Monday, May 11, 2009

Using Twitter in the Classroom

Ran two live blogging sessions today, both about using Twitter in the classroom. It's been three weeks now. Three weeks of constantly projected Twitter feeds in my Latin II and III classes. I am starting to really get a feel for what works and what doesn't.

One of the things that was a lot of fun today was using Twitter as a motivational tool. Simple idea really: as students worked on translations, I Tweeted a variety of questions. Students then received a quarter of a point on our upcoming test for each question answered. The catch? They had to be the first to respond accurately via a Tweet.

Now, this may seem like just a simple task. Cute, but so what?

Well, consider two things: 1) a little competition for extra credit can really get the energy going in a classroom and 2) (and more importantly) all of the students now have in their feed a record of all of the incorrect and correct responses. In other words, they've all got a study guide that demonstrates the variety of incorrect answers as well as one that presents the correct answers. In the future, when we prepare for the test, I will call up these Tweets and we'll review by analyzing the incorrect answers and try to explain why mistakes were made.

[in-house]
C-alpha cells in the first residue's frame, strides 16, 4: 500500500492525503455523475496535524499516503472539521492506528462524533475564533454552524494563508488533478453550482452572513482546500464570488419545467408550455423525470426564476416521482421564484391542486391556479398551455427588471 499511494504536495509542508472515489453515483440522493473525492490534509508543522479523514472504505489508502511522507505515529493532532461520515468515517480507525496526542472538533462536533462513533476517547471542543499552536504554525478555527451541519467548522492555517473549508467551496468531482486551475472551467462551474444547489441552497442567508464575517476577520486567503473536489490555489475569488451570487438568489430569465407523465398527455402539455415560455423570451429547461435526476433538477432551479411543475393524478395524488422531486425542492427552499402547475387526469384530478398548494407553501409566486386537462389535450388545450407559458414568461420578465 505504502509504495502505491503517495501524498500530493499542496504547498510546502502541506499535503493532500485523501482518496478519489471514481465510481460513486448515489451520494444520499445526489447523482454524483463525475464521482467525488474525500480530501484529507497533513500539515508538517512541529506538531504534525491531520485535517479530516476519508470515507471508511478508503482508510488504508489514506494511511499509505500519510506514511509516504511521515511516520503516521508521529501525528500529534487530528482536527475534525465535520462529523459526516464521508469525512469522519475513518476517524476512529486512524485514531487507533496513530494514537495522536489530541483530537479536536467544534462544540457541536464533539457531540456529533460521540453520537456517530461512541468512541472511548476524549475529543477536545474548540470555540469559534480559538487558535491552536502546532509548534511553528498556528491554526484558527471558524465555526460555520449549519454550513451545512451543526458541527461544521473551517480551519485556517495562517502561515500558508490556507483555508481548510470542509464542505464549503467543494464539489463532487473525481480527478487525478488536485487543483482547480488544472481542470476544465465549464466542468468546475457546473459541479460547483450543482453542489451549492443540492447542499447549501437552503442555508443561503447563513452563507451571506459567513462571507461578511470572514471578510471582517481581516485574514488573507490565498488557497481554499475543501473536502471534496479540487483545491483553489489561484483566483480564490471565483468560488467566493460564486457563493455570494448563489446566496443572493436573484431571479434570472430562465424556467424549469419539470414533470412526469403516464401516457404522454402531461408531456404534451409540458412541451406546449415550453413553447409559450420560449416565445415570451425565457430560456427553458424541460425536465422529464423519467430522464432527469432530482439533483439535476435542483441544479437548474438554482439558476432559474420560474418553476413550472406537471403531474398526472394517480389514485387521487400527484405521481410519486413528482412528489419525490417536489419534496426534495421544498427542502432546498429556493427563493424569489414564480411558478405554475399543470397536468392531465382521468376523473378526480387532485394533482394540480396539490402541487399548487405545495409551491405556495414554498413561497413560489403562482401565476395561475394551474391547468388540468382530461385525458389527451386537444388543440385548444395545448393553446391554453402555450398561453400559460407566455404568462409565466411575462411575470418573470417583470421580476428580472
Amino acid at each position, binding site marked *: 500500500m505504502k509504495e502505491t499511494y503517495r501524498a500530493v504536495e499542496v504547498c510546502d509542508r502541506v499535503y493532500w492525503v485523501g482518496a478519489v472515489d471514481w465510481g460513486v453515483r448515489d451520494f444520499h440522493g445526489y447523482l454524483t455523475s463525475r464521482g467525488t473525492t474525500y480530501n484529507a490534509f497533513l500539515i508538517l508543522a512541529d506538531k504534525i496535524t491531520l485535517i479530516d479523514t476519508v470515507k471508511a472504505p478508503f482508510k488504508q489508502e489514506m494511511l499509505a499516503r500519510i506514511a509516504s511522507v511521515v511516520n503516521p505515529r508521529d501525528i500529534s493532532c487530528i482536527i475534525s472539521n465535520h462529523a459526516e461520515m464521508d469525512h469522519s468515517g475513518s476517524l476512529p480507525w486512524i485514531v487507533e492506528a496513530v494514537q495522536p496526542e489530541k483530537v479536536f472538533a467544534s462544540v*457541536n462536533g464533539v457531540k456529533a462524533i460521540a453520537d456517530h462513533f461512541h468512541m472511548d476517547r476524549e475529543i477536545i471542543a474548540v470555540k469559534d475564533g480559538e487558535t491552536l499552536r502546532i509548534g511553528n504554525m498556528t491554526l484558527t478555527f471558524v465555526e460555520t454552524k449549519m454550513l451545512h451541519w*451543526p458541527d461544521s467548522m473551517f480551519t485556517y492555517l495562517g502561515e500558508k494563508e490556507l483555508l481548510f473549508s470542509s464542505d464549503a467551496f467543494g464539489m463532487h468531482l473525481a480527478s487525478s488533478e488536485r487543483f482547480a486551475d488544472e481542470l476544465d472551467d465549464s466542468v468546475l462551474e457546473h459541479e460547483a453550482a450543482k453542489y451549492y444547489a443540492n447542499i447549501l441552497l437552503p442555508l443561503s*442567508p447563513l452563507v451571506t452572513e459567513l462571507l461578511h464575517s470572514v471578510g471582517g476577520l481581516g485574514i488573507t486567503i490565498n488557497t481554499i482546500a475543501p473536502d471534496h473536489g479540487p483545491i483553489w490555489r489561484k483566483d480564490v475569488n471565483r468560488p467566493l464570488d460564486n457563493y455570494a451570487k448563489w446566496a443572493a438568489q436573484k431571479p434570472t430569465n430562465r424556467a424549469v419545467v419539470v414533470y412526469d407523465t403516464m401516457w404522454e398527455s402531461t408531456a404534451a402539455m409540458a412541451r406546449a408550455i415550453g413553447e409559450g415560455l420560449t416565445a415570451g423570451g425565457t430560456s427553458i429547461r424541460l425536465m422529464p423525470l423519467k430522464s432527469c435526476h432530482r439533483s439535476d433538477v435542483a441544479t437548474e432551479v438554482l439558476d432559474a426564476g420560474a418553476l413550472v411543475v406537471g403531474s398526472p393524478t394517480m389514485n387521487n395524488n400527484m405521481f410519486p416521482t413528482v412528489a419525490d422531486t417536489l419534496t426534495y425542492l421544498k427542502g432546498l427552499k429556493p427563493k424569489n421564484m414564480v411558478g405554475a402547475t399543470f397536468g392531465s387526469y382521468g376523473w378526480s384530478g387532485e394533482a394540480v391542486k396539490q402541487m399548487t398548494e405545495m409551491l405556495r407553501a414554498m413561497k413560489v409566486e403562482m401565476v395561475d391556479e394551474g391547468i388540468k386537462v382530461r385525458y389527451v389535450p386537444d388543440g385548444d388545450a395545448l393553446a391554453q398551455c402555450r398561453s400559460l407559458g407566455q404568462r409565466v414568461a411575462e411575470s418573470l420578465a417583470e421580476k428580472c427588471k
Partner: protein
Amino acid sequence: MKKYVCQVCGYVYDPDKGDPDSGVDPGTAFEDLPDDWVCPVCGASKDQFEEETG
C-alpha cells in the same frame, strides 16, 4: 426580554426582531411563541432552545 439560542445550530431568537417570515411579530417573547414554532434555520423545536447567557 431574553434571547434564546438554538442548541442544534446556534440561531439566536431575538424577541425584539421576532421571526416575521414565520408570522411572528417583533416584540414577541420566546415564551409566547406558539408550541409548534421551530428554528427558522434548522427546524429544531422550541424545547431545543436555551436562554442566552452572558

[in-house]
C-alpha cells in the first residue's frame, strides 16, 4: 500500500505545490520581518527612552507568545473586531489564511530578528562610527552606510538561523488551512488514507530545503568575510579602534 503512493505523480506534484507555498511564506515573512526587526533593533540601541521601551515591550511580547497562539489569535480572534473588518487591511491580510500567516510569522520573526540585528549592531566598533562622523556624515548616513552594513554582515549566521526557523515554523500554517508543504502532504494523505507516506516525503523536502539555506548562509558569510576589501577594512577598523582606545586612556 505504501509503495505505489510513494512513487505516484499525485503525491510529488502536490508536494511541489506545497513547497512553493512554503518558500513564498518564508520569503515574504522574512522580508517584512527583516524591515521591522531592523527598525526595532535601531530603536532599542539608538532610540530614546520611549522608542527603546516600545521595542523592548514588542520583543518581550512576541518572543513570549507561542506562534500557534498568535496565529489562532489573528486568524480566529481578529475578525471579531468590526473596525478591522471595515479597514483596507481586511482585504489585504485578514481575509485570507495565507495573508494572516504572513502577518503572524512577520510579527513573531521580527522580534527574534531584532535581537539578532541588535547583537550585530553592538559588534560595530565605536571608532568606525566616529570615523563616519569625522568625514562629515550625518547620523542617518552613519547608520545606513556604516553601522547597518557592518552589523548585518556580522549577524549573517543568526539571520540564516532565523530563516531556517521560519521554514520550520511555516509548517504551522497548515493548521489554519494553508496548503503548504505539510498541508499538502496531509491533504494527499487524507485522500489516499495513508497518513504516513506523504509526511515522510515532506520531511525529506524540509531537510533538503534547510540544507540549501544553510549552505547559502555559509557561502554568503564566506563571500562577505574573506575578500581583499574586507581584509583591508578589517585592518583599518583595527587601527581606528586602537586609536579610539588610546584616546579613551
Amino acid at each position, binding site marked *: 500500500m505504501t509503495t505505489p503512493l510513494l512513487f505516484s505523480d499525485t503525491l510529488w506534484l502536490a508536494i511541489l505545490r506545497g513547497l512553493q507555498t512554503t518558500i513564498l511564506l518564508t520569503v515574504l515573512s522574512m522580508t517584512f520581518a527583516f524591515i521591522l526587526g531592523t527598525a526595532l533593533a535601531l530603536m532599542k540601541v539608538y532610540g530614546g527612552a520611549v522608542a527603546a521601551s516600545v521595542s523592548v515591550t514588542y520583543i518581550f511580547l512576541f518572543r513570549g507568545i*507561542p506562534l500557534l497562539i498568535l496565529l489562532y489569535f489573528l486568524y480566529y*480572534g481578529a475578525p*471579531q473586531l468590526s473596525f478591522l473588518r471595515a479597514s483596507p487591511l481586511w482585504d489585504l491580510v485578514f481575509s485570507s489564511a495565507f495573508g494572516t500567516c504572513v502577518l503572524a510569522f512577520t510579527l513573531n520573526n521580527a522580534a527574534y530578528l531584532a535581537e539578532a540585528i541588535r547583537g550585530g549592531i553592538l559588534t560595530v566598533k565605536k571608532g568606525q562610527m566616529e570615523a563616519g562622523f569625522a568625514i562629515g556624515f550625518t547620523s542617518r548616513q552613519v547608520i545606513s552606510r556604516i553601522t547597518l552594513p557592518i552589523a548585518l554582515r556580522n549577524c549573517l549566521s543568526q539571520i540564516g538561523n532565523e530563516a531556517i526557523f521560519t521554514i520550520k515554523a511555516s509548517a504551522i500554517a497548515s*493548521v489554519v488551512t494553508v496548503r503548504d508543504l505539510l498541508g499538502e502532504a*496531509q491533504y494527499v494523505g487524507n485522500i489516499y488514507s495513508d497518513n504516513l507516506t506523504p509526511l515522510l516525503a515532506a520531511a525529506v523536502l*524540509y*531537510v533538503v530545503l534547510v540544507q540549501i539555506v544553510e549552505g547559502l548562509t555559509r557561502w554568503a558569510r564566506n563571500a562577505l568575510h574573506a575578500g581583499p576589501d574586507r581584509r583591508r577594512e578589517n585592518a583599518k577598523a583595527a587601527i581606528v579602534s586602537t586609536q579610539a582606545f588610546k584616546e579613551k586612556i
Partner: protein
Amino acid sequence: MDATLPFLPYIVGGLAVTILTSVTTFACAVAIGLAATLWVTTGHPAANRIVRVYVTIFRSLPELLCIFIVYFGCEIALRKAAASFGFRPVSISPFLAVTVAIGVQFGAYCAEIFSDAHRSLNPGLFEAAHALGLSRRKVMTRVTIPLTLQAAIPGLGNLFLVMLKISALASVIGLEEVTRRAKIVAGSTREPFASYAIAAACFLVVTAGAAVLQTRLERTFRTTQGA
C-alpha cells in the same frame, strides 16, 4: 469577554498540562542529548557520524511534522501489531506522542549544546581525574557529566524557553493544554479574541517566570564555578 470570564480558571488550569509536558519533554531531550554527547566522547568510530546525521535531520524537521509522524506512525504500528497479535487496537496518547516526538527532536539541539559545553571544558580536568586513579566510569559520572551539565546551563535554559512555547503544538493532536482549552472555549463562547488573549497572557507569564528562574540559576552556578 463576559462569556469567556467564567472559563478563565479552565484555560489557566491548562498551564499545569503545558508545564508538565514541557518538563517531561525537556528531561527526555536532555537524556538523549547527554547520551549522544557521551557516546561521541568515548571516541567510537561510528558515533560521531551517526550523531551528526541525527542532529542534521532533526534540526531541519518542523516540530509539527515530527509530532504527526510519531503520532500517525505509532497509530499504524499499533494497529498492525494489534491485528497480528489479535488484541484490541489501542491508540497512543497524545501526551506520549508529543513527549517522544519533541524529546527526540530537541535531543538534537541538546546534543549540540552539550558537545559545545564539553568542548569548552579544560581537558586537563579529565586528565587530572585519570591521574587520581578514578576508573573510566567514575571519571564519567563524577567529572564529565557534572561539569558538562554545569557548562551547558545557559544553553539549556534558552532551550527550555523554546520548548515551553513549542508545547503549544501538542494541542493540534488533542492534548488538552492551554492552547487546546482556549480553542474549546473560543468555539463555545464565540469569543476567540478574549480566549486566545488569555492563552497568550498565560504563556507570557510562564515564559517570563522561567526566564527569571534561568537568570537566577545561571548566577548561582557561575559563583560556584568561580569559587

Could even throw the incorrect answers into a Skyped discussion and play a game of 'Bluff'. One way or the other, it's like having a huge communal pool of 'real mistakes' to learn from. And because the students see that everyone else makes mistakes -- even made a goof myself this morning -- they are more motivated to take part; it's a way to get them off their fear of making mistakes.

The second thing I noticed today was that via Twitter, it was easy for me to pair-up, split-up, and re-pair students. While I just happened upon this towards the end of our second session, it's something I'm definitely exploring. Think about it: by following student progress in real-time, you can instantly make informed changes to grouping and pairing not based on subsequent assessment, but based on the actual formative work the students are doing right there in the present moment. A DM to each individual student, and you can form pairs or groups without making an announcement to the whole class.

1 comment:

  1. Do you have a 1:1 program at your school or in your classroom? I'm curious how my students could all compete to respond first in a tweet-some have iPhones & Touches but not all.


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